University of Kentucky master plan weighs renovation against demolition

UK's Blanding and Kirwin towers, foreground, were designed by modernist architecture pioneer Edward Durell Stone, who also designed the Kennedy Center in Washington, D.C.
UK's Blanding and Kirwin towers, foreground, were designed by modernist architecture pioneer Edward Durell Stone, who also designed the Kennedy Center in Washington, D.C. LEXINGTON HERALD LEADER

In the early stages of developing the University of Kentucky's master plan, hired consultants Sasaki and Associates took a deeper look at some of UK's oldest buildings, putting an emphasis on renovation over demolition.

"We do believe that the cultural and architectural values of places are embedded in built landscapes," said Mary Anne Ocampo, a UK graduate who is now an urban designer with Sasaki, based in Boston. "We're kind of deciding what are costs and benefits."

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For example, when the UK administration adopted a plan in October to build new student housing, it was assumed that the Kirwan-Blanding complex would be torn down to make way for new dorms.

But in the proposed master plan, there are three options for that complex of low buildings and two towers. The buildings were designed by Edward Durell Stone, a pioneer of modernist architecture who also designed the Gallery of Modern Art in New York and the Kennedy Center in Washington, D.C.

The first option would be to renovate Kirwan-Blanding residences with more social spaces and more bathrooms, including constructing two new buildings along University Drive. The second option would keep the two towers and dining hall, and replace the low-rise buildings with new housing. The third option would be to demolish all the buildings and rebuild.

The prices for each plan range from $100 million to $154 million, depending on several factors, including the price of demolition.

Stone's son, Hicks, hopes they choose the first option.

"I'm always saddened when any of Dad's work is demolished," said Hicks Stone, an architect who wrote Edward Durell Stone: A Son's Untold Story of a Legendary Architect in 2011. "That era of modernism has not been fashionable, but I think the temptation is to embrace whatever the latest style is, then ask later, 'Why did we replace it with something not as well-executed?'"

Other college campuses with Stone's work have chosen to re-adapt, Stone said, particularly as planners embrace more "green" approaches.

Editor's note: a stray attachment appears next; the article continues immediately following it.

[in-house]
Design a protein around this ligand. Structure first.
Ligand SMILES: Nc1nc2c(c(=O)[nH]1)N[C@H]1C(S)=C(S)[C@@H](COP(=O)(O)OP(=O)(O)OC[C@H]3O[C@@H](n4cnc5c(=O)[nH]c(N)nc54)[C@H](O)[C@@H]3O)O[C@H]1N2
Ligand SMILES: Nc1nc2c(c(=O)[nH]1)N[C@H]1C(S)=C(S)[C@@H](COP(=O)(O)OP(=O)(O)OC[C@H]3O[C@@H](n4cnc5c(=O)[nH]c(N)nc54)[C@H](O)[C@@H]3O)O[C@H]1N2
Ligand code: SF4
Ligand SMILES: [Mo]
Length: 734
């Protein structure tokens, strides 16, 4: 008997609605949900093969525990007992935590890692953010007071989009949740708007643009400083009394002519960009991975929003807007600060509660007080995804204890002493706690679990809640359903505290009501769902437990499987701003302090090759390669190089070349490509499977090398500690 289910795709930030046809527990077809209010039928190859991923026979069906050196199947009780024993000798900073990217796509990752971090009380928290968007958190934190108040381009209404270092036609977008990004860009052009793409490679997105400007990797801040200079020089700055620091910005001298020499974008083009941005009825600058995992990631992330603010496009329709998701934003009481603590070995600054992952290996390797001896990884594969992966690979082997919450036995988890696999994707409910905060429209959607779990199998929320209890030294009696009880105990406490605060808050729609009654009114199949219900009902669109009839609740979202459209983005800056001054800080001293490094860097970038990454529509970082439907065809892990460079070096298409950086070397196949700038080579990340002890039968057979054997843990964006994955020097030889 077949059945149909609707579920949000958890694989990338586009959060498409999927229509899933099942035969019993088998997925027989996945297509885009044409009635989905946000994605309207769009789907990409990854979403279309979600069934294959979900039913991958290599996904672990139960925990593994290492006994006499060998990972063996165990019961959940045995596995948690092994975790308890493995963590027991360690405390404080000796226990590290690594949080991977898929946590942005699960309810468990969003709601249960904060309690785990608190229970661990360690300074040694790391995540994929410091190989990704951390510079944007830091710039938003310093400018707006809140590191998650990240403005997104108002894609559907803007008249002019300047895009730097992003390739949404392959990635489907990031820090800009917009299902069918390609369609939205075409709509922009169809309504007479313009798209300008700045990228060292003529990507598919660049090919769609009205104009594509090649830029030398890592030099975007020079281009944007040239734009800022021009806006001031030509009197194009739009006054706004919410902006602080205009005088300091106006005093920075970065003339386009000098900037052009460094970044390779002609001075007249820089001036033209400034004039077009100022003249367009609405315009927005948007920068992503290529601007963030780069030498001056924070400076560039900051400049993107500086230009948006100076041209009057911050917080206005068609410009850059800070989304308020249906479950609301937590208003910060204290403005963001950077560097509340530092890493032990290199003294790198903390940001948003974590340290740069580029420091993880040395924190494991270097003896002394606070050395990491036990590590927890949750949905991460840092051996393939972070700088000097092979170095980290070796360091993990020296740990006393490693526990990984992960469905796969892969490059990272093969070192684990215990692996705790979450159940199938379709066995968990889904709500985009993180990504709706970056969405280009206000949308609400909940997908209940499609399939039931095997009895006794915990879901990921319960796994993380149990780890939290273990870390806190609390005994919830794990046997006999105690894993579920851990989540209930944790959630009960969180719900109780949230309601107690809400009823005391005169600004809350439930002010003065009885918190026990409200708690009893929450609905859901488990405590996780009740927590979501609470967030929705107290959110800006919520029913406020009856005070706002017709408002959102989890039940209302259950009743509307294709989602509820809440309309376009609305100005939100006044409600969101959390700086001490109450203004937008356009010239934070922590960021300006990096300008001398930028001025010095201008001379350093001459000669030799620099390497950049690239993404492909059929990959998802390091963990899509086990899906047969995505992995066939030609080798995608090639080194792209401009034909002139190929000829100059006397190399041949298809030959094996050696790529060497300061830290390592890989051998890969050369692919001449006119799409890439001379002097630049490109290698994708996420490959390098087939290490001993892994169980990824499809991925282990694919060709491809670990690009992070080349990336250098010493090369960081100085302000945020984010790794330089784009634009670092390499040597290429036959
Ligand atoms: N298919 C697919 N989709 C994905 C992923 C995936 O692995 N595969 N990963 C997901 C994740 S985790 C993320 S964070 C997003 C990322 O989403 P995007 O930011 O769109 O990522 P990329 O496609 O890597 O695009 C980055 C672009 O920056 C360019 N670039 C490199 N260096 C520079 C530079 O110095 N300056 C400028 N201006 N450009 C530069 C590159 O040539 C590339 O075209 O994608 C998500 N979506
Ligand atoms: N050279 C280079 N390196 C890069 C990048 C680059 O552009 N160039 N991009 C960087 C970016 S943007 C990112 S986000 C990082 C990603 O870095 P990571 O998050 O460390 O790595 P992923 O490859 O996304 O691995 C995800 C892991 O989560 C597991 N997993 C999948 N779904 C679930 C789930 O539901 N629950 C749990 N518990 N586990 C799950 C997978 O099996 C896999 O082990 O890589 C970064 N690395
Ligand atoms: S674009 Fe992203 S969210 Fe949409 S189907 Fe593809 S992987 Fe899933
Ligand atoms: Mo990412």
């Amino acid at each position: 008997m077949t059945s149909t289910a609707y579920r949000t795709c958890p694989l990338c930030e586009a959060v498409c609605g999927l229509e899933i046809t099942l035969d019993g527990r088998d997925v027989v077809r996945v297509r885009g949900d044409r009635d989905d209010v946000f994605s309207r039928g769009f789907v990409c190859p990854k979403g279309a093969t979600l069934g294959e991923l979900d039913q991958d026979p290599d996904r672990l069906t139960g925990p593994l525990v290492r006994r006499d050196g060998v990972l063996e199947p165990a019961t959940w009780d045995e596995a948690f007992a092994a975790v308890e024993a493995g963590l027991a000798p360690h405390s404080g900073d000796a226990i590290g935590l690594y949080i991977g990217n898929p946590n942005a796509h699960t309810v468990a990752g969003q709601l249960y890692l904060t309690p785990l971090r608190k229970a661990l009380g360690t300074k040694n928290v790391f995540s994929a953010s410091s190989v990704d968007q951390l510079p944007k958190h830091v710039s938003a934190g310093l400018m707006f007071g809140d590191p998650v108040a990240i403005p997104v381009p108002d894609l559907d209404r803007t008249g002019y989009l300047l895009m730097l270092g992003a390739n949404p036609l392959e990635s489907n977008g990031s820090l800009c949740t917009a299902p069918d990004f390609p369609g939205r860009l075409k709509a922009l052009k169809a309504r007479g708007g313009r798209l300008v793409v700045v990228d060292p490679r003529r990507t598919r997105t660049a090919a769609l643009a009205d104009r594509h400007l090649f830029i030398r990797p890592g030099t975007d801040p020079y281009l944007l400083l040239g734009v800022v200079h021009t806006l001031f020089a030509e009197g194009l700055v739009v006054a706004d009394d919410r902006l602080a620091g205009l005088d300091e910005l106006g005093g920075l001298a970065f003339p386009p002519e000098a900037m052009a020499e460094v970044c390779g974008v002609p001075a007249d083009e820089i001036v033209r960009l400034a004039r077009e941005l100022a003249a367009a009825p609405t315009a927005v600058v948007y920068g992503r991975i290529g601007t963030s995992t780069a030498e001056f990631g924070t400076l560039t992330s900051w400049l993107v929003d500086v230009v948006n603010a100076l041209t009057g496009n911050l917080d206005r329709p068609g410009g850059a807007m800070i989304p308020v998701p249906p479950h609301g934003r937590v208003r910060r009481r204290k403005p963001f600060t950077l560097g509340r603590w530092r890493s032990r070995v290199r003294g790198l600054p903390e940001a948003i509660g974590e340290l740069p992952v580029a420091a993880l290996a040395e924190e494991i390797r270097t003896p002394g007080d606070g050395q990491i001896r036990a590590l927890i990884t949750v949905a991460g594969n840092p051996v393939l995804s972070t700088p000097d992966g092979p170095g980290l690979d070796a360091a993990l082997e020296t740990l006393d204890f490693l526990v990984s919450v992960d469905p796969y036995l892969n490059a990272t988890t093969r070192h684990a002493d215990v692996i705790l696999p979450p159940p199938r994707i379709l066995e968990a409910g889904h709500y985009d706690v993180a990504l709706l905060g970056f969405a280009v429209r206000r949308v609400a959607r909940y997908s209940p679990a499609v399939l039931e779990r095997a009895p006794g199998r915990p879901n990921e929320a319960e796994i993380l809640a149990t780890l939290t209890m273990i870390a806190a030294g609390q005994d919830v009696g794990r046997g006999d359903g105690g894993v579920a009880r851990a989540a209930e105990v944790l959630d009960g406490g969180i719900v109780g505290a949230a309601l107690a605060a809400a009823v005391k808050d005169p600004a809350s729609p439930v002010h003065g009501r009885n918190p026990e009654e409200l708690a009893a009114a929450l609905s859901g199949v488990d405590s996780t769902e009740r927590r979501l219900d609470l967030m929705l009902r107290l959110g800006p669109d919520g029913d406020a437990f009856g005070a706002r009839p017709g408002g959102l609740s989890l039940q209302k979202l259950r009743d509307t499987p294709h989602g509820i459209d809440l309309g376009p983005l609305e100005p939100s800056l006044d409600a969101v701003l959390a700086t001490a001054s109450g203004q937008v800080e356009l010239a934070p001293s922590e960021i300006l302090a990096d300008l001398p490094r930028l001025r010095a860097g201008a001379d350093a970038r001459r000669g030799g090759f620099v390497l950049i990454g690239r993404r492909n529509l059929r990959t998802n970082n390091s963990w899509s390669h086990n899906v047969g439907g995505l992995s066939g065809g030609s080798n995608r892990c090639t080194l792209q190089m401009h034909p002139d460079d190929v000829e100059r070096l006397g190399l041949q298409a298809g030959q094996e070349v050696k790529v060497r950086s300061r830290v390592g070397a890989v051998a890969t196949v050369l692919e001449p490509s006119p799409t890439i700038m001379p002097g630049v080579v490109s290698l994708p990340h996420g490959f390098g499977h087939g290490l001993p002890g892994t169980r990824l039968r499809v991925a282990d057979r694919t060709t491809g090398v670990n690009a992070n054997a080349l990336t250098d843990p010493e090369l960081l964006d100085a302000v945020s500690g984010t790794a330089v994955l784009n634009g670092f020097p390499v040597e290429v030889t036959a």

"If a building can be restored, it's always good to preserve, adapt and renew," he said. "Wouldn't conserving materials and conserving money be a better approach?"

Lexington architect Graham Pohl said he's very concerned about demolition.

"I can't imagine they're even thinking about tearing down those towers," Pohl said. "He (Stone) is a shining example of a mid-century architect who did work that was exemplary of that period, and it's really quite remarkable. The relationship between the canopies (the lower buildings) and the towers is really sublime ... the canopies are opposite of the towers, almost like a sheet of paper floating in midair."

Pohl also is concerned about possible plans to tear down buildings by architect Ernst Johnson, who designed 13 buildings at UK between 1938 and 1950. For example, UK's housing plan calls for replacing Jewell Hall and Holmes Hall at South Limestone and Avenue of Champions. Other structures designed by Johnson include Memorial Coliseum, Funkhouser Building, the original student center building and Lafferty Hall.

"Holmes Hall is a wonderful example of mid-century design; to lose that piece of history is just a tragedy," said Pohl, who has criticized the architecture of the new residence halls being built by a private developer.

Bob Wiseman, UK's vice president for facilities, said preservation of old buildings is part of the "give and take that will go on for many years."

For example, Donovan Hall on Rose Street is another of Johnson's buildings. It's slated to be replaced by a new $100 million science building in the next two years.

Wiseman said it would be prohibitively expensive to retrofit Donovan with much-needed laboratory space and modern classroom facilities. He also said Donovan is not one of Johnson's better works, certainly not in the same class as Memorial Coliseum or Funkhouser Building.

"We have to think about preservation versus need," he said.

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